From: ROH Website [mailto:website@roh.org.uk] 
Sent: 21 November 2018 00:23
To: Royal Opera House - Customer Service Contact
Subject: Website Contact (Customer Services): Cast lists

Dear Nina,

Thank you for your email in relation to our newly revised cast sheets. 

In the context of our commitment to environmental responsibility, and a need to save money on our print bill bearing in mind a challenging financial climate, we have redesigned our cast sheets so that they use less paper and fit in with our new brand. By doing so we will save approximately £44,000 per Season, and lots of trees. As part of the change, we have moved our production department credits into the programme (as they apply to the run as a whole rather than a single performance) and have scaled back the synopsis.

Since we introduced the new design of cast sheets we have received a small number of complaints relating to their legibility. The change in font size has been small, but we are aware that in the context of low lighting in the auditorium some audience members may find the new cast sheets less comfortable to read. We are therefore conducting a review of the new design, and are considering what course of action is appropriate.

Best regards and thank you for taking the time to write to us, 


Graham Boland
Customer Services Manager

Box Office
Royal Opera House 
Covent Garden, London WC2E 9DD 
Telephone: +442072129796


-

Translated:  Dear Complainer:  You must be one of those old lags that we are doing everything possible to get rid of - there are, apparently, a few of you still left.  Don't you know London is a city for youth and ROH is committed to changing its audience to better reflect this new culture.  We are delighted to have saved £40,000 on our paper bill, especially as this has allowed us to provide a warm, dry, drop-in Centre for youth caught short in Covent Garden or seeking a place to commune with their laptop.  Saving trees has also been a big consideration as we had to fell quite a few to construct our new extension.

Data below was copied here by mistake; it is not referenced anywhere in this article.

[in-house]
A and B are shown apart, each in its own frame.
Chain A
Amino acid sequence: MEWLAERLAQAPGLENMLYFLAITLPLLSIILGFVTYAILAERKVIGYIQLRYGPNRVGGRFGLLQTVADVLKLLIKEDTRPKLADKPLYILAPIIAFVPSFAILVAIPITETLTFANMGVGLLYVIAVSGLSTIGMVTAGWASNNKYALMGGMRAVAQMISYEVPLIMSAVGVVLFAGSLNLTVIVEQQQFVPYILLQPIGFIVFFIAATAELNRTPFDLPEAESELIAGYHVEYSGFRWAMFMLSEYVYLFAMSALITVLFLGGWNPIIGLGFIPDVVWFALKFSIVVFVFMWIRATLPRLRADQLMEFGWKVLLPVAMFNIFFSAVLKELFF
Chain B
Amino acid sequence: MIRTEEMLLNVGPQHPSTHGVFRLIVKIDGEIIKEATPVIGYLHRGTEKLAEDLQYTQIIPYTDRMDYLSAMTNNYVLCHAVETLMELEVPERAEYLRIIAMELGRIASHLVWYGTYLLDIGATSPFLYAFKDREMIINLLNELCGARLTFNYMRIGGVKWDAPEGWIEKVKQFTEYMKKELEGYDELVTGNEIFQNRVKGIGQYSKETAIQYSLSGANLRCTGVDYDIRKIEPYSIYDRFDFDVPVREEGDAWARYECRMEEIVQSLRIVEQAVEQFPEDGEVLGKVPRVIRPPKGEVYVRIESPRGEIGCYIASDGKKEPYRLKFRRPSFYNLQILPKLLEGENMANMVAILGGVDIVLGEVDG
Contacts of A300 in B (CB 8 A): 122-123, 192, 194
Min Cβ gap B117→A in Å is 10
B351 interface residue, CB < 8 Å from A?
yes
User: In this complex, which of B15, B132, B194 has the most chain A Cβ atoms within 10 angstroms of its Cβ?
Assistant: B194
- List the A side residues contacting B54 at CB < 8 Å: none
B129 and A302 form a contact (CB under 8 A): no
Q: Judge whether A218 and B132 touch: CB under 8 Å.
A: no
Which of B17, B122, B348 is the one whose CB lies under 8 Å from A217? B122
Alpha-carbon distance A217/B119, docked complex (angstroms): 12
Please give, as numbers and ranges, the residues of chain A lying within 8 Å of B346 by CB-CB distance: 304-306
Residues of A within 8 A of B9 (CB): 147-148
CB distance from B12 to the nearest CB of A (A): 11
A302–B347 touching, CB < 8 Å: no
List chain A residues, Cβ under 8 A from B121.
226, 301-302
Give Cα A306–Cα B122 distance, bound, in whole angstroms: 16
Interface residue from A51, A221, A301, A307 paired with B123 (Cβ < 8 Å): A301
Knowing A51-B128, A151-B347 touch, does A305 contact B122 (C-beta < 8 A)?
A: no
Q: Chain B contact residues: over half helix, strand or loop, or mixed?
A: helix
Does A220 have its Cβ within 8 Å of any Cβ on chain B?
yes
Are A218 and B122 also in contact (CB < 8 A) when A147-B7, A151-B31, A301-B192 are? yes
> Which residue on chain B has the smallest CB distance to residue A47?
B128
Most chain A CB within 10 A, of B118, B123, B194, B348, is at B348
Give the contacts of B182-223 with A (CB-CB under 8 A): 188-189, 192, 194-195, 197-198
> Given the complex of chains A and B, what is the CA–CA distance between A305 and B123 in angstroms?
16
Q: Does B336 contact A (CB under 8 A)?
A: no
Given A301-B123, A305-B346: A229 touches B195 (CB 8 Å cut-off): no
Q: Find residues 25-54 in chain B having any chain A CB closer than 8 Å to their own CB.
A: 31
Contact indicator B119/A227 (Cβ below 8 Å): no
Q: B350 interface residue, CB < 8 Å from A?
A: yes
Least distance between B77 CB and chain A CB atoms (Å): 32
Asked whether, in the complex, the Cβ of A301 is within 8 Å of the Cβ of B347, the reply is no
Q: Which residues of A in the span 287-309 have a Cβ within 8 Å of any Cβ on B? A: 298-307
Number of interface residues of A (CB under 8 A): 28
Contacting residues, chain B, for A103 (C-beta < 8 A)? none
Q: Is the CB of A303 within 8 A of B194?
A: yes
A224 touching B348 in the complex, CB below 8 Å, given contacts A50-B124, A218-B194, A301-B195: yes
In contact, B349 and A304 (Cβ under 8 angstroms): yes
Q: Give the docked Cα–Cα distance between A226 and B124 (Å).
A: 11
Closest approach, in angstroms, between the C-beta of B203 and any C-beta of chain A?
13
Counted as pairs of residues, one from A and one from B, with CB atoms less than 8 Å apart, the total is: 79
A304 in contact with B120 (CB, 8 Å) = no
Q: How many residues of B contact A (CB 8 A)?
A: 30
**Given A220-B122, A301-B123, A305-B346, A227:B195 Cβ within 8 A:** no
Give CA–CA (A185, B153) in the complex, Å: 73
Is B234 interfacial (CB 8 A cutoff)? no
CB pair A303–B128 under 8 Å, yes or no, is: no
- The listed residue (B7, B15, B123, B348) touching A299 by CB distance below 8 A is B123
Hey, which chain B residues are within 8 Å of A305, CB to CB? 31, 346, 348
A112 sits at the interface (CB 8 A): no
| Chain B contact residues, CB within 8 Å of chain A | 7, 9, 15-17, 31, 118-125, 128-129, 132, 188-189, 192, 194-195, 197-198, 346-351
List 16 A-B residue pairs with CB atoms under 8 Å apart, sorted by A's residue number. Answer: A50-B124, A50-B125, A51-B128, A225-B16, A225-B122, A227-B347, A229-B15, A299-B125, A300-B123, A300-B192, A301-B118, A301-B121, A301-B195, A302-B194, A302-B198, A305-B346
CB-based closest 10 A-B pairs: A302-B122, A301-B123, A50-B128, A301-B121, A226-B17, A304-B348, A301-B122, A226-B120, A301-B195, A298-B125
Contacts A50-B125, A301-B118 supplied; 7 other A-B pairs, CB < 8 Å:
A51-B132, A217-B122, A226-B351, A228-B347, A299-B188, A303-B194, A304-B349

Our progressive marketing department is currently conducting a review which will involve speaking to the many thousands of people that are now coming through our doors.  Chosen at random and, to avoid bias, people need not have any affinity with the Arts or have attended a performance.

 

We hope this is helpful and trust that we won't see you again soon.  May I, however, draw your attention to one of our many charitable appeals.  A gift of just £5000 in your Will would allow us to offer free coffee and muffins to our drop-in guests.

 

 

 

 

Edited by penelopesimpson
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A word about trees.  How many forests would be saved if production of the multi-paged, technicolour Programmes were scrapped?

 

Oh, but wait a minute.  People have to pay for these so blow the trees.

 

Hypocrisy masquerading as virtue.

Edited by penelopesimpson
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If they want to be environmentally friendly and save some money, they could drop the gloss coating and buy standard A4 pieces of paper as used by ENB and BRB. If the didn't fold them, they might even save a few more pennies.

 

Not using glossy paper would have the pleasant side effect of increasing readability since you wouldn't have bits of the print obscured by light bouncing of the gloss.

 

The main issue I have with the design is that no thought was given to accessibility. If you design print or Web materials professionally, you're expected to be familiar with accessibility issues for users with specific needs, eg visual impairments or dyslexia and how to address them through 'inclusive' design. Providing large print, audio or braille cast sheets would be too costly (and perhaps too much asked), but providing 'inclusive' cast sheet would ensure that a larger proportion of visitors can read them easily at no extra cost to the ROH.

 

The use of capitals for entire words is a big no-no since it makes it harder to identify the 'shape' of a word. Same goes for italics. Gloss paper is also a no, as is the inconsistent use of headers. The newly designed cast sheets do all of this, which isn't awesome for an arts organisation.

 

(If you're still reading this, stop now unless you enjoy pedantry)

 

Having a look at THE UNKNOWN SOLDIER cast sheet, the following can be found:

 

They did right align the text apart from a tiny section at the top of the front page. Bonus points for that, since centre or left alignment is harder to read for some people.

 

The titles of the ballets are in upper case, as are most but not all names.

 

There is no visual indication that INFRA is not part of a title that starts with THE UNKNOWN SOLDIER. This could be solved by increasing spacing between lines. Or cheat and give the triple bill a name instead of listing all 3.